Published June 27, 2014
Researching and evaluating a company or service has become much easier thanks to the internet, but not all online reviews are created equal.
Research shows that fake reviews are prevalent on the world wide web, created by people that work for the company or are hired to make the business look good. But it’s not only the companies doing the faking. According to Review Trackers, 21% of Americans have written a review for a product or service they never used.
“The fake review problem exists in the first place because the marketing potential of reviews is just huge,” says Chris Campbell, chief executive and founder of Review Trackers, a service that helps businesses aggregate and manage online reviews . “Business owners have thus seen it fit to try and game the system, and they pay hired review writers to pose as happy customers in order to improve their business reputation.”
While it’s hard to differential the real from the bogus reviews, experts say there are telltale signs to look out for. Here’s their top four:
Fraud Alert No.1: Too Good to Be Trrue
Nobody is perfect, and a company, product or service with nothing but five-star reviews should cause consumers to pause.
“If all you see is five stars, you got to start suspecting these guys work for the manufacture,” says Udi Ledergor, chief executive of online review company Yotpo. “Even when you are happy with a product there are usually some negatives.”
Fraud Alert No.2: Product Feature Reviews
Emotion is a main part of the buying process, which means it should also show up in reviews.
According to Campbell, real reviewers will talk about the value and performance of the product or service instead of solely focusing on the features. What’s more, he says real review writers typically include information about how they used the product and how it worked. Reviews that only list the features with no emotion or interaction with it tend to be fake, he says.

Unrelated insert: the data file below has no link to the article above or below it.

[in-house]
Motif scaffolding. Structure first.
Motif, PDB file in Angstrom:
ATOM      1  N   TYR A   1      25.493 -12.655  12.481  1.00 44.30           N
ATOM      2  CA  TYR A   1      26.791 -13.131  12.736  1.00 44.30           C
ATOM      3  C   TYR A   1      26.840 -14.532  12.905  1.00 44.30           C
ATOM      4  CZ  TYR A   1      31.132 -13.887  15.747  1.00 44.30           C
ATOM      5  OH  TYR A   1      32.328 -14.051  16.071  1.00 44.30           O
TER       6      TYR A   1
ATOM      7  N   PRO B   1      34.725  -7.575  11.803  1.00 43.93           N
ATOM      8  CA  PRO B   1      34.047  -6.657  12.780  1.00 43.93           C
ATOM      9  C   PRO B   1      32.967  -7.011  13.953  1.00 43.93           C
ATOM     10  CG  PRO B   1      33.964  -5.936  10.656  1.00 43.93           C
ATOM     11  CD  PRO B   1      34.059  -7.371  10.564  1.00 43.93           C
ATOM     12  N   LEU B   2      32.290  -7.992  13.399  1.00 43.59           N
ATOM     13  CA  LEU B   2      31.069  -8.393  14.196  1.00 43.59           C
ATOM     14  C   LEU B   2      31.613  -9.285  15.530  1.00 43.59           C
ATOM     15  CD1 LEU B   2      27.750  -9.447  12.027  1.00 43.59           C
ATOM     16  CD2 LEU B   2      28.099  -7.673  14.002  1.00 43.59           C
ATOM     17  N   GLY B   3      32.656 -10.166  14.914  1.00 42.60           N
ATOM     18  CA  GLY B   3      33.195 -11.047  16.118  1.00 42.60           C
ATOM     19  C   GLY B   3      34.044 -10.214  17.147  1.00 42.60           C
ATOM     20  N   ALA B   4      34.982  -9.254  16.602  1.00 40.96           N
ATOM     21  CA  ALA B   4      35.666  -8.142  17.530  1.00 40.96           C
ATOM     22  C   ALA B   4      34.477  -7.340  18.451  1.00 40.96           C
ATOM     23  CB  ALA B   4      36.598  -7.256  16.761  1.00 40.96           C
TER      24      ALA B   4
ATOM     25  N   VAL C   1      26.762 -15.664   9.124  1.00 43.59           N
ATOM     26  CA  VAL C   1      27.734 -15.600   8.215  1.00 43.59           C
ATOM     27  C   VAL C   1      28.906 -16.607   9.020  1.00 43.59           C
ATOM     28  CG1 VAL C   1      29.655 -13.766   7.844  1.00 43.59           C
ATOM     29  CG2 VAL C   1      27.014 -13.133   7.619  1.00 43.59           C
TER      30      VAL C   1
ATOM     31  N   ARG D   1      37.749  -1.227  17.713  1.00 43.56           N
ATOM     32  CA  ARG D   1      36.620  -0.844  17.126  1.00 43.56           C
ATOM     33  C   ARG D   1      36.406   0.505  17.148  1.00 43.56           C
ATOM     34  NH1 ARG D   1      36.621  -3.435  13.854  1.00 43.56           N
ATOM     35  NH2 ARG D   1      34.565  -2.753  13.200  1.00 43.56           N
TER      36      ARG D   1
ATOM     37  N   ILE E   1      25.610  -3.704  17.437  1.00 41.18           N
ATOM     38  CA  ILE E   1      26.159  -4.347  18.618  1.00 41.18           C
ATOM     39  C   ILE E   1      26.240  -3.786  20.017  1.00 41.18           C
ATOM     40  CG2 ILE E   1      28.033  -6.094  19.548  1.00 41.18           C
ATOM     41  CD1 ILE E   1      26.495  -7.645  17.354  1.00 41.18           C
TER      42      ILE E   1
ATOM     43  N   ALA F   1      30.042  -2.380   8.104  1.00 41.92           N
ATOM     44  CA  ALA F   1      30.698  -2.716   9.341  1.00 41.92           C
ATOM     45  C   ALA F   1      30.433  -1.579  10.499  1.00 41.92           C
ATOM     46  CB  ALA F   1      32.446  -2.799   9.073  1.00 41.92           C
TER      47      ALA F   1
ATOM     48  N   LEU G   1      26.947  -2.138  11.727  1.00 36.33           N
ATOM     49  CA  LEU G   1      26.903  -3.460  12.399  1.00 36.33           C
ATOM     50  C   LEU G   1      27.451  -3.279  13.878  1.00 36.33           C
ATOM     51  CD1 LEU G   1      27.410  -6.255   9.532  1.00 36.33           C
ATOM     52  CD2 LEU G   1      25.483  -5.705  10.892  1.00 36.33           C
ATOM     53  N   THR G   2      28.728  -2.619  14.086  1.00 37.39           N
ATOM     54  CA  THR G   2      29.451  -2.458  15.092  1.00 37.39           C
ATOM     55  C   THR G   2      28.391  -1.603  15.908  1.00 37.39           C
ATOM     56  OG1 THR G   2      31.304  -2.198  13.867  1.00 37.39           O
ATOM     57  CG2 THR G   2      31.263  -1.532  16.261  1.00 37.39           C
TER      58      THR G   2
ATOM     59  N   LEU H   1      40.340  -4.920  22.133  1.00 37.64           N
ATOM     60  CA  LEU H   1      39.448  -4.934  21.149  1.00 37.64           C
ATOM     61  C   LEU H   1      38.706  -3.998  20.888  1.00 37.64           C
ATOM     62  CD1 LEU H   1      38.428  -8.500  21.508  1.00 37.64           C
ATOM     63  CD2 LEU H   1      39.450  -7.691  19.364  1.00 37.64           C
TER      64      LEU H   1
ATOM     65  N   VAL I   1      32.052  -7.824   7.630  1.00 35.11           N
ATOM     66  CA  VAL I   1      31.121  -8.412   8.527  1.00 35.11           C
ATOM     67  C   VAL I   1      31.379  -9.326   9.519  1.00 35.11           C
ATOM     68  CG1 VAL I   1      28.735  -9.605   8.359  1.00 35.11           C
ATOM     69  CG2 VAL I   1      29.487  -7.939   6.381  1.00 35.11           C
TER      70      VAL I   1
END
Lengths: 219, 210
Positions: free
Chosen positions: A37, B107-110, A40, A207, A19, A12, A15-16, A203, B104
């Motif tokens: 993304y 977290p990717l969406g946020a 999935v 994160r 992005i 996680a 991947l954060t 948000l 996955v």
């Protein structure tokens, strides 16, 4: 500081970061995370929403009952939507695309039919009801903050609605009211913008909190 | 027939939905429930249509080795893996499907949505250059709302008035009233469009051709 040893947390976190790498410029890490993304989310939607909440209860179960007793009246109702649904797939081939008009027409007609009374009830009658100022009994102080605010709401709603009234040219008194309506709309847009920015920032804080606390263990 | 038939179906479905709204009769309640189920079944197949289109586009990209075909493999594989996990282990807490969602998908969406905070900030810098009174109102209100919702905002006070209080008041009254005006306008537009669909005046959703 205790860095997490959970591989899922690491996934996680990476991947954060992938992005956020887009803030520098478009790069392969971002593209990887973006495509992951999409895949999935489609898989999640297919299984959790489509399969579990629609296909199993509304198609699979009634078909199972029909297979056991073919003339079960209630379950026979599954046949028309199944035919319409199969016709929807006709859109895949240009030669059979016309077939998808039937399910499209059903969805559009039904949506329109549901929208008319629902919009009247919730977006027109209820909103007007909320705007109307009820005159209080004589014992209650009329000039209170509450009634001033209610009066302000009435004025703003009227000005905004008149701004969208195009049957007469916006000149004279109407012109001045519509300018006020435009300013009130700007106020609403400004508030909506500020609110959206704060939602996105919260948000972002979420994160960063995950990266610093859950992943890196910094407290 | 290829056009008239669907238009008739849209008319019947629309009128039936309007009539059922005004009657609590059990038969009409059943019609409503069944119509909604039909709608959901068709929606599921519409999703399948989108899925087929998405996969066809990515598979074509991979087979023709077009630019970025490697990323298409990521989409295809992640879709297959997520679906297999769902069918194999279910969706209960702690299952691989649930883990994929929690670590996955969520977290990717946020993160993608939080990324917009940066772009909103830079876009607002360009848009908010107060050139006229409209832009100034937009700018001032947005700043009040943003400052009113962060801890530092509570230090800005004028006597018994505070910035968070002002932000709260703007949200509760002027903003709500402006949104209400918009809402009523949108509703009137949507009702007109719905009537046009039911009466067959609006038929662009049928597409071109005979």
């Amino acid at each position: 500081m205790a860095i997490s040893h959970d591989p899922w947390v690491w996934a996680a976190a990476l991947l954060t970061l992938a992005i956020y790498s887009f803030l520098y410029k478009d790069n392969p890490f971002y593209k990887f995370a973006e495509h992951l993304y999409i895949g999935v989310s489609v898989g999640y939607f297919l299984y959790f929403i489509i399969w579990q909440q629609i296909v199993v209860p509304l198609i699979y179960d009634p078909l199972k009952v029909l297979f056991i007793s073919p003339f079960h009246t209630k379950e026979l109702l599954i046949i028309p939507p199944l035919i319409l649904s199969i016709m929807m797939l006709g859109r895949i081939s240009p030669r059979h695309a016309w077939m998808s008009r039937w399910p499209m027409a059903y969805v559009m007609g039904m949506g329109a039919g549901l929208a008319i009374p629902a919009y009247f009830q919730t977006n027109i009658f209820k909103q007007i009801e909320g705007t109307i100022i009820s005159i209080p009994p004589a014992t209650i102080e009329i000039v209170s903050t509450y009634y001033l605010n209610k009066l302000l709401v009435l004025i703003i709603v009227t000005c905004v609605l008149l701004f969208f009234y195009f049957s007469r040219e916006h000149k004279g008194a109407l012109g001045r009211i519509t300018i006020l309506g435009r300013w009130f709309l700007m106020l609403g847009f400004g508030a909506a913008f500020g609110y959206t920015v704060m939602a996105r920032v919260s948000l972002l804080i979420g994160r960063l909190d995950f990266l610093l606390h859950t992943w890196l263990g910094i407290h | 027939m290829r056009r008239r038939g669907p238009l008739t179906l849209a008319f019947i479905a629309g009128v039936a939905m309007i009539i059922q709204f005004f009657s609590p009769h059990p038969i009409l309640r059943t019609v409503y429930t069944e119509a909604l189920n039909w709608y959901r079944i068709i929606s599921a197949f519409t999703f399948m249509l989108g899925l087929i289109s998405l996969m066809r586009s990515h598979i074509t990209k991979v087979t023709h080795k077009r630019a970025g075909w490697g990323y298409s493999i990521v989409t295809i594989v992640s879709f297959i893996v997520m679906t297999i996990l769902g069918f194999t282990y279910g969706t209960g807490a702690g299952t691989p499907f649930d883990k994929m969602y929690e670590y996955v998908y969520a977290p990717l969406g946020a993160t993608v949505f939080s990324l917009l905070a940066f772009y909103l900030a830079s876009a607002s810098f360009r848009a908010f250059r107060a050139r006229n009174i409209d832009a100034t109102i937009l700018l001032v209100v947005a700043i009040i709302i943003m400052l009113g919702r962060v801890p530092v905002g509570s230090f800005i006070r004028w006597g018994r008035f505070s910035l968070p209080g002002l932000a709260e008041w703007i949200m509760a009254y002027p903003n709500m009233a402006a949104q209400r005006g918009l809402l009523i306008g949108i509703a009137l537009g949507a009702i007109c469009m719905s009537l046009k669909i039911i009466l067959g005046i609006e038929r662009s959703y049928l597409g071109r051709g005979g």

Fraud Alert No.3: Language in Review is Exact and Not Everyday
Authors of fake reviews want their review t show up high in search results, which is why they will make a point of using the exact product name and model numerous times through a review. They also tend to use words the average person wouldn’t such as “explosive speed” or “revolutionary cutting-edge technology”, says Campbell.
“No one talks like that, so it’s reasonable to expect the review to be fake,” he says.
Fraud Alert No.4: Too Polished of Pictures
They say a picture is worth 1,000 words, and when it comes to the legitimacy of a review, an overly-polished image or one that is found all over the internet could signal a counterfeit review.
“Consumers often focus on the review text, but accompanying photos and videos can also reveal which reviews could be fake,” says Campbell. “If the pictures look too professional, or if a Google image search produces results for the same photos in various review sites, then it’s more likely that the review is fake.“
Spotting fake reviews is a necessity for consumers, but it’s also the job of the e-tailers. The number of fake reviews varies from site to site and depends on their policies and filters. Many have their own review filters in place and are also making sure consumers know which reviews are for real. “On Amazon you’ll see reviews tagged with ‘verified purchase’; on Expedia you’ll see reviews written by those who actually made a booking through the site, and OpenTable accepts reviews only from verified diners who honored their reservations,” says Campbell.